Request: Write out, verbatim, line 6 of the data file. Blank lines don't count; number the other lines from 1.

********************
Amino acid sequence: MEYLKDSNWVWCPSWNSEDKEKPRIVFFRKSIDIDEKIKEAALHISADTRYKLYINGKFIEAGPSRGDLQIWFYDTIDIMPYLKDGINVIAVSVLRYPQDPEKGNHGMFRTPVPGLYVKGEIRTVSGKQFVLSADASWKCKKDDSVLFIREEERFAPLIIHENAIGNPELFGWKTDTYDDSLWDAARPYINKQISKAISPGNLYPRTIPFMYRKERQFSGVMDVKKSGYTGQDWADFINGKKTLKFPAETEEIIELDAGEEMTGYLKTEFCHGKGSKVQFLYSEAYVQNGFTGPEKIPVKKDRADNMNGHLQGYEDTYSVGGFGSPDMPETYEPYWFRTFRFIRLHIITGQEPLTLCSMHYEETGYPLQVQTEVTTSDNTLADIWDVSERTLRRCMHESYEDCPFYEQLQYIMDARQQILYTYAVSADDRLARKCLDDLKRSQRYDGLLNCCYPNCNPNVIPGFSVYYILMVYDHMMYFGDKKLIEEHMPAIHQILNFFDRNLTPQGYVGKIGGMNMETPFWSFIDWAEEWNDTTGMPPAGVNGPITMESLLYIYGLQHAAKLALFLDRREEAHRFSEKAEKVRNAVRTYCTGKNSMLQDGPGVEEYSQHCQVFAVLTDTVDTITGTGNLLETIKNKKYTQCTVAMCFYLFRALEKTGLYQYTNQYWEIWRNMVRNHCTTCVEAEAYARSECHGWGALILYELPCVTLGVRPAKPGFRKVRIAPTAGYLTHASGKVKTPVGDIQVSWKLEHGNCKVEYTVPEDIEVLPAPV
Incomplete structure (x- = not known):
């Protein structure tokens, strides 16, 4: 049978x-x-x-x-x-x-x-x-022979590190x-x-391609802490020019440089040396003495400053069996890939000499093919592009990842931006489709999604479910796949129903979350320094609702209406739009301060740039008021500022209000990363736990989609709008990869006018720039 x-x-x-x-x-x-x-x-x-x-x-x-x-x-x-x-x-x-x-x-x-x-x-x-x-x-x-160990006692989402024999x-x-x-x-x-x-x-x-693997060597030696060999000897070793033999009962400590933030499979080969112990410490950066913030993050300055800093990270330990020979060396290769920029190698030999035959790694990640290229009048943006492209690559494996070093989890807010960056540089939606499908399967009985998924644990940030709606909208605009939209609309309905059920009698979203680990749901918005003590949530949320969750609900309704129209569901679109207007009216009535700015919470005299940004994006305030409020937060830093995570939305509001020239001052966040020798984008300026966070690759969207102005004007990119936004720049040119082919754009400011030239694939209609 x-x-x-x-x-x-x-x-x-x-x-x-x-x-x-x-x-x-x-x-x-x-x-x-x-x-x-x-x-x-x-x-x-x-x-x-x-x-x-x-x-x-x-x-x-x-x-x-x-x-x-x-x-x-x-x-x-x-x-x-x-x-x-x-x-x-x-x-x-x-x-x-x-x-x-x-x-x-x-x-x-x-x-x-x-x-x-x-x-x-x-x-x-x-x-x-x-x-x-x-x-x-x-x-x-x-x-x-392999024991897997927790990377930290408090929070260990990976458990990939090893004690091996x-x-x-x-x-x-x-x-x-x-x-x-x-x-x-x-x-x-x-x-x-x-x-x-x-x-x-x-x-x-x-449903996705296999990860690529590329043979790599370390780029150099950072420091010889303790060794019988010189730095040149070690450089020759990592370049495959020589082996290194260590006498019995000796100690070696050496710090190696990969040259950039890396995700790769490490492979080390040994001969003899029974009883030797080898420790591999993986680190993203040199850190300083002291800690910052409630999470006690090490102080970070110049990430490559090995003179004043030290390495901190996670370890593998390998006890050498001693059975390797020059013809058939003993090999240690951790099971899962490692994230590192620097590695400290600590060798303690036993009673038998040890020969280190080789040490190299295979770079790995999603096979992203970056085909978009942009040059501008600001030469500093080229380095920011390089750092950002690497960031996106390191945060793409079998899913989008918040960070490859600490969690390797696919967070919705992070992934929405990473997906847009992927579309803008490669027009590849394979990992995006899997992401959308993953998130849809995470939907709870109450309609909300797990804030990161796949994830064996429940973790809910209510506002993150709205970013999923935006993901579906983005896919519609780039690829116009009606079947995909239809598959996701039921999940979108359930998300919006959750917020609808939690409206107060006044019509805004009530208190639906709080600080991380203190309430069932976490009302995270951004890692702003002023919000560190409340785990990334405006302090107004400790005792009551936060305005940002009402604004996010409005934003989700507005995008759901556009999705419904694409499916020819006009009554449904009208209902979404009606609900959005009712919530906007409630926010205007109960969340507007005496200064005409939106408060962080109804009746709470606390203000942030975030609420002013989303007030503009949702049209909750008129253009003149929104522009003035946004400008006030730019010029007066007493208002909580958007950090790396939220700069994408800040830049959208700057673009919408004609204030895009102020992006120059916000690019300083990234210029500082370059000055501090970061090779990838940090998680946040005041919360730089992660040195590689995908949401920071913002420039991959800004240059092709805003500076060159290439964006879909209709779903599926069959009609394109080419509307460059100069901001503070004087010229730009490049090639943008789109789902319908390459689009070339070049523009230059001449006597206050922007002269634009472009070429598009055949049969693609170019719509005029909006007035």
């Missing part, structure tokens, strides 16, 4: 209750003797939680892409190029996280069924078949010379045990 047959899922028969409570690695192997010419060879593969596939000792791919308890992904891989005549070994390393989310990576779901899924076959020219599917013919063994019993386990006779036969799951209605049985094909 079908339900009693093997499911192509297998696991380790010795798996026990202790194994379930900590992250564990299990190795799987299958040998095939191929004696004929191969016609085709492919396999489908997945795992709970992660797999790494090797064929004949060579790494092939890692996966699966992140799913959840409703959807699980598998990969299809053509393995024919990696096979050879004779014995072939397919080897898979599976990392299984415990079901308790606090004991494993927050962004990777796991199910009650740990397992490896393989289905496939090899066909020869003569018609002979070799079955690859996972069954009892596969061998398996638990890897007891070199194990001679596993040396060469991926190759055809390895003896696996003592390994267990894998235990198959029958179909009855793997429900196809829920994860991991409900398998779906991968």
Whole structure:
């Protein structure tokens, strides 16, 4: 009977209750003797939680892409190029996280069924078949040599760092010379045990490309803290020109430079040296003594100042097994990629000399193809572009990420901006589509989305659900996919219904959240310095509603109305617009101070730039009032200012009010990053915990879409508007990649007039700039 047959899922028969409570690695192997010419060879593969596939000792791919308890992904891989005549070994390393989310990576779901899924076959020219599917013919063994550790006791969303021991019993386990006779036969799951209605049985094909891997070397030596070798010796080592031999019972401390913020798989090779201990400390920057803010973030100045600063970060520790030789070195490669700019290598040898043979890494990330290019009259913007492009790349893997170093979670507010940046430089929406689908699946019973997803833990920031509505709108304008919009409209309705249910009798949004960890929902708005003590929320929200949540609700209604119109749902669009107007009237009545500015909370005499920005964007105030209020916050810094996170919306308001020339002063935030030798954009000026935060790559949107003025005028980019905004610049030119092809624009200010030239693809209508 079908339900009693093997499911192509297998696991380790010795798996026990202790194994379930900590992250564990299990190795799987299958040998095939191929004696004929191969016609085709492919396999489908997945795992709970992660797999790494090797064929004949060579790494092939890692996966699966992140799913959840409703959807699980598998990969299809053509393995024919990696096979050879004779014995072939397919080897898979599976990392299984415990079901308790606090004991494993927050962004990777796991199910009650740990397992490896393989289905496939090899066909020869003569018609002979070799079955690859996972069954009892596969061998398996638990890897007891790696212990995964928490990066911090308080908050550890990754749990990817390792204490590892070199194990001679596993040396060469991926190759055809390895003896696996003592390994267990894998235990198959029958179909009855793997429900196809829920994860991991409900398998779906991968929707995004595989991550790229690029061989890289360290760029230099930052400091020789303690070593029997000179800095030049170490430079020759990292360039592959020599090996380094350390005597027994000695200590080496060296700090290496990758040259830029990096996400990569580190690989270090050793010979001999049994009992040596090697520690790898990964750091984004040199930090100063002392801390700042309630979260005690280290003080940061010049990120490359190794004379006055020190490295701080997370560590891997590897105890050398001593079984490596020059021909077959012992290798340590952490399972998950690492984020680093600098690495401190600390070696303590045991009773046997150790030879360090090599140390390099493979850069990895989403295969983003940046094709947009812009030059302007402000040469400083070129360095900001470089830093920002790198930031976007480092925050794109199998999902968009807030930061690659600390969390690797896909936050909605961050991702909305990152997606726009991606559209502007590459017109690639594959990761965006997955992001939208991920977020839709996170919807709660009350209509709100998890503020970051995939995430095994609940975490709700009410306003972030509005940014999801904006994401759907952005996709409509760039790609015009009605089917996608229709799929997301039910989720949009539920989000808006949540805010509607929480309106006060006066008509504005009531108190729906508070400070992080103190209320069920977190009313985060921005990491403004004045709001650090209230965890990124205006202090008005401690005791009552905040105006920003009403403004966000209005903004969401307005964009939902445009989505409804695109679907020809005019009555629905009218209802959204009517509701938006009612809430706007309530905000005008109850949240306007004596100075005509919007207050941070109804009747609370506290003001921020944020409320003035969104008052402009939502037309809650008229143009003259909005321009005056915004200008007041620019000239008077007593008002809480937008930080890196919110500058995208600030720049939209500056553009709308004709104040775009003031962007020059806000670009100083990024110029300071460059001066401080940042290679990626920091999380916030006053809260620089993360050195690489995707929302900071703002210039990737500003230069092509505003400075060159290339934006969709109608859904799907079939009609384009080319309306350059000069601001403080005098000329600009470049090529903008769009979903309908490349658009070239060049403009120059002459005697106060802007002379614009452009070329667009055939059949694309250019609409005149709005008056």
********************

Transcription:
């Protein structure tokens, strides 16, 4: 009977209750003797939680892409190029996280069924078949040599760092010379045990490309803290020109430079040296003594100042097994990629000399193809572009990420901006589509989305659900996919219904959240310095509603109305617009101070730039009032200012009010990053915990879409508007990649007039700039 047959899922028969409570690695192997010419060879593969596939000792791919308890992904891989005549070994390393989310990576779901899924076959020219599917013919063994550790006791969303021991019993386990006779036969799951209605049985094909891997070397030596070798010796080592031999019972401390913020798989090779201990400390920057803010973030100045600063970060520790030789070195490669700019290598040898043979890494990330290019009259913007492009790349893997170093979670507010940046430089929406689908699946019973997803833990920031509505709108304008919009409209309705249910009798949004960890929902708005003590929320929200949540609700209604119109749902669009107007009237009545500015909370005499920005964007105030209020916050810094996170919306308001020339002063935030030798954009000026935060790559949107003025005028980019905004610049030119092809624009200010030239693809209508 079908339900009693093997499911192509297998696991380790010795798996026990202790194994379930900590992250564990299990190795799987299958040998095939191929004696004929191969016609085709492919396999489908997945795992709970992660797999790494090797064929004949060579790494092939890692996966699966992140799913959840409703959807699980598998990969299809053509393995024919990696096979050879004779014995072939397919080897898979599976990392299984415990079901308790606090004991494993927050962004990777796991199910009650740990397992490896393989289905496939090899066909020869003569018609002979070799079955690859996972069954009892596969061998398996638990890897007891790696212990995964928490990066911090308080908050550890990754749990990817390792204490590892070199194990001679596993040396060469991926190759055809390895003896696996003592390994267990894998235990198959029958179909009855793997429900196809829920994860991991409900398998779906991968929707995004595989991550790229690029061989890289360290760029230099930052400091020789303690070593029997000179800095030049170490430079020759990292360039592959020599090996380094350390005597027994000695200590080496060296700090290496990758040259830029990096996400990569580190690989270090050793010979001999049994009992040596090697520690790898990964750091984004040199930090100063002392801390700042309630979260005690280290003080940061010049990120490359190794004379006055020190490295701080997370560590891997590897105890050398001593079984490596020059021909077959012992290798340590952490399972998950690492984020680093600098690495401190600390070696303590045991009773046997150790030879360090090599140390390099493979850069990895989403295969983003940046094709947009812009030059302007402000040469400083070129360095900001470089830093920002790198930031976007480092925050794109199998999902968009807030930061690659600390969390690797896909936050909605961050991702909305990152997606726009991606559209502007590459017109690639594959990761965006997955992001939208991920977020839709996170919807709660009350209509709100998890503020970051995939995430095994609940975490709700009410306003972030509005940014999801904006994401759907952005996709409509760039790609015009009605089917996608229709799929997301039910989720949009539920989000808006949540805010509607929480309106006060006066008509504005009531108190729906508070400070992080103190209320069920977190009313985060921005990491403004004045709001650090209230965890990124205006202090008005401690005791009552905040105006920003009403403004966000209005903004969401307005964009939902445009989505409804695109679907020809005019009555629905009218209802959204009517509701938006009612809430706007309530905000005008109850949240306007004596100075005509919007207050941070109804009747609370506290003001921020944020409320003035969104008052402009939502037309809650008229143009003259909005321009005056915004200008007041620019000239008077007593008002809480937008930080890196919110500058995208600030720049939209500056553009709308004709104040775009003031962007020059806000670009100083990024110029300071460059001066401080940042290679990626920091999380916030006053809260620089993360050195690489995707929302900071703002210039990737500003230069092509505003400075060159290339934006969709109608859904799907079939009609384009080319309306350059000069601001403080005098000329600009470049090529903008769009979903309908490349658009070239060049403009120059002459005697106060802007002379614009452009070329667009055939059949694309250019609409005149709005008056």